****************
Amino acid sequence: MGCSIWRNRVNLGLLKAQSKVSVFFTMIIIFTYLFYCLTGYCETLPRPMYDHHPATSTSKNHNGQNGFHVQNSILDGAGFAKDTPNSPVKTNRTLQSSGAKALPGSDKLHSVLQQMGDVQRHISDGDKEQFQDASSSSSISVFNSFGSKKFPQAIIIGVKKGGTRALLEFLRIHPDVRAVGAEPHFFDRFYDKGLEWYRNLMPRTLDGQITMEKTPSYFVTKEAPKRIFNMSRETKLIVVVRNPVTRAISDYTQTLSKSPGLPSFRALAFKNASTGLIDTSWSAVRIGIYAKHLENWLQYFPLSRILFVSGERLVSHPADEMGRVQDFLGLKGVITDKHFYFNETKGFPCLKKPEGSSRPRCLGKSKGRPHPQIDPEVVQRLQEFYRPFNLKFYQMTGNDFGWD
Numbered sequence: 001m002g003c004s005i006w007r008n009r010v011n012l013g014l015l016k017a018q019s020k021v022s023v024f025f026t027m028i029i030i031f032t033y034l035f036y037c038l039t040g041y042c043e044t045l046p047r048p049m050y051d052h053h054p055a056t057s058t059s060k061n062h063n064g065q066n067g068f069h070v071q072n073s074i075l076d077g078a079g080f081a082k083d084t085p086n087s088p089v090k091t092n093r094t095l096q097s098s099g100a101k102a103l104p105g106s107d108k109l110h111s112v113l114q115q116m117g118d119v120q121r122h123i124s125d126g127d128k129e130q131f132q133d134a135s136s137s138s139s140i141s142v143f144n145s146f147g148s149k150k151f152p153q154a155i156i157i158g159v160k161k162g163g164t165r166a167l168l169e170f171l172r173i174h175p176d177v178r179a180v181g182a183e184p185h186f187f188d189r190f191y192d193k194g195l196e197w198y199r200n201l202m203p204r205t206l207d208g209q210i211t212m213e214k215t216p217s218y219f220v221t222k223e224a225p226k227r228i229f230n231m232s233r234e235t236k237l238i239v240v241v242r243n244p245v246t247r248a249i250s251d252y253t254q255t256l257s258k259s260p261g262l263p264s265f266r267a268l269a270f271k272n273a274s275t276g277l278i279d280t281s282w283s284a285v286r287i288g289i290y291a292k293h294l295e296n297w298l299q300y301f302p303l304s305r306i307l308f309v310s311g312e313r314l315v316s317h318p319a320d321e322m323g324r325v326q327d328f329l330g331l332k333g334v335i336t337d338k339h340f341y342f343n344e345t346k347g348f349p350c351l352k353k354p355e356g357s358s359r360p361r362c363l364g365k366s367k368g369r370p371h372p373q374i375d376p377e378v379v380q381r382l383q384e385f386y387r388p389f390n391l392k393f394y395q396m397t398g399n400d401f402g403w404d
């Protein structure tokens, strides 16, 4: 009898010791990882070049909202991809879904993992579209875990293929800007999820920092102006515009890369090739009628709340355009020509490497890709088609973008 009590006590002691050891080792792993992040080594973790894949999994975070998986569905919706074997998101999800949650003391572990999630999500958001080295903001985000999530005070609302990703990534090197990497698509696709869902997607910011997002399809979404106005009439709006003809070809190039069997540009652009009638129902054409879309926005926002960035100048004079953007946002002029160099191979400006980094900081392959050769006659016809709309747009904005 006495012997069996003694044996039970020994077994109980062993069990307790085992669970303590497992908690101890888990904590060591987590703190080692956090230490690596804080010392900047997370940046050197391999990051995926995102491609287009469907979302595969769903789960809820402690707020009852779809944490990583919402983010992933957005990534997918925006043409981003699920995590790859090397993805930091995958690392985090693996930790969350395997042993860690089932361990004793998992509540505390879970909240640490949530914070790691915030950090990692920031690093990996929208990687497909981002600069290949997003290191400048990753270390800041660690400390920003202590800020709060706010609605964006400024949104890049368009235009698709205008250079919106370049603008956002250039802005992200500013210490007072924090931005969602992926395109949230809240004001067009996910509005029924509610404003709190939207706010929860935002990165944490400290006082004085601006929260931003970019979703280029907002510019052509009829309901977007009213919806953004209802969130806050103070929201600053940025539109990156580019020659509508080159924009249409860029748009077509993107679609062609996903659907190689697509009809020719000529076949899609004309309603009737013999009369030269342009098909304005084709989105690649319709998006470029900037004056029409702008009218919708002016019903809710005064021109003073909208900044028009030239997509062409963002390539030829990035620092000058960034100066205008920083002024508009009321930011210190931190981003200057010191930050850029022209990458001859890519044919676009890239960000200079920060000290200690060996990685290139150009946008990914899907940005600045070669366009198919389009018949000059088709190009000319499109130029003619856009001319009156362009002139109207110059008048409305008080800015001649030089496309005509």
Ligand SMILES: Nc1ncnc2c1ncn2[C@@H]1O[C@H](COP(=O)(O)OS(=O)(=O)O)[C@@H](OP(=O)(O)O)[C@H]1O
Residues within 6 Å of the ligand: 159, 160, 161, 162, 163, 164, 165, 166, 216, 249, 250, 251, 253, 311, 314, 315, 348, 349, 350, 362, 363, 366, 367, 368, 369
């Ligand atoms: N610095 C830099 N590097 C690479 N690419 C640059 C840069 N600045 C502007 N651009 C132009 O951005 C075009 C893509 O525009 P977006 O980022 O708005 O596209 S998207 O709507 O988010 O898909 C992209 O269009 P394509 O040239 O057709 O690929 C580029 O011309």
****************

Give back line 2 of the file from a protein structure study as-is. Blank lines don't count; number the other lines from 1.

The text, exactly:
Numbered sequence: 001m002g003c004s005i006w007r008n009r010v011n012l013g014l015l016k017a018q019s020k021v022s023v024f025f026t027m028i029i030i031f032t033y034l035f036y037c038l039t040g041y042c043e044t045l046p047r048p049m050y051d052h053h054p055a056t057s058t059s060k061n062h063n064g065q066n067g068f069h070v071q072n073s074i075l076d077g078a079g080f081a082k083d084t085p086n087s088p089v090k091t092n093r094t095l096q097s098s099g100a101k102a103l104p105g106s107d108k109l110h111s112v113l114q115q116m117g118d119v120q121r122h123i124s125d126g127d128k129e130q131f132q133d134a135s136s137s138s139s140i141s142v143f144n145s146f147g148s149k150k151f152p153q154a155i156i157i158g159v160k161k162g163g164t165r166a167l168l169e170f171l172r173i174h175p176d177v178r179a180v181g182a183e184p185h186f187f188d189r190f191y192d193k194g195l196e197w198y199r200n201l202m203p204r205t206l207d208g209q210i211t212m213e214k215t216p217s218y219f220v221t222k223e224a225p226k227r228i229f230n231m232s233r234e235t236k237l238i239v240v241v242r243n244p245v246t247r248a249i250s251d252y253t254q255t256l257s258k259s260p261g262l263p264s265f266r267a268l269a270f271k272n273a274s275t276g277l278i279d280t281s282w283s284a285v286r287i288g289i290y291a292k293h294l295e296n297w298l299q300y301f302p303l304s305r306i307l308f309v310s311g312e313r314l315v316s317h318p319a320d321e322m323g324r325v326q327d328f329l330g331l332k333g334v335i336t337d338k339h340f341y342f343n344e345t346k347g348f349p350c351l352k353k354p355e356g357s358s359r360p361r362c363l364g365k366s367k368g369r370p371h372p373q374i375d376p377e378v379v380q381r382l383q384e385f386y387r388p389f390n391l392k393f394y395q396m397t398g399n400d401f402g403w404d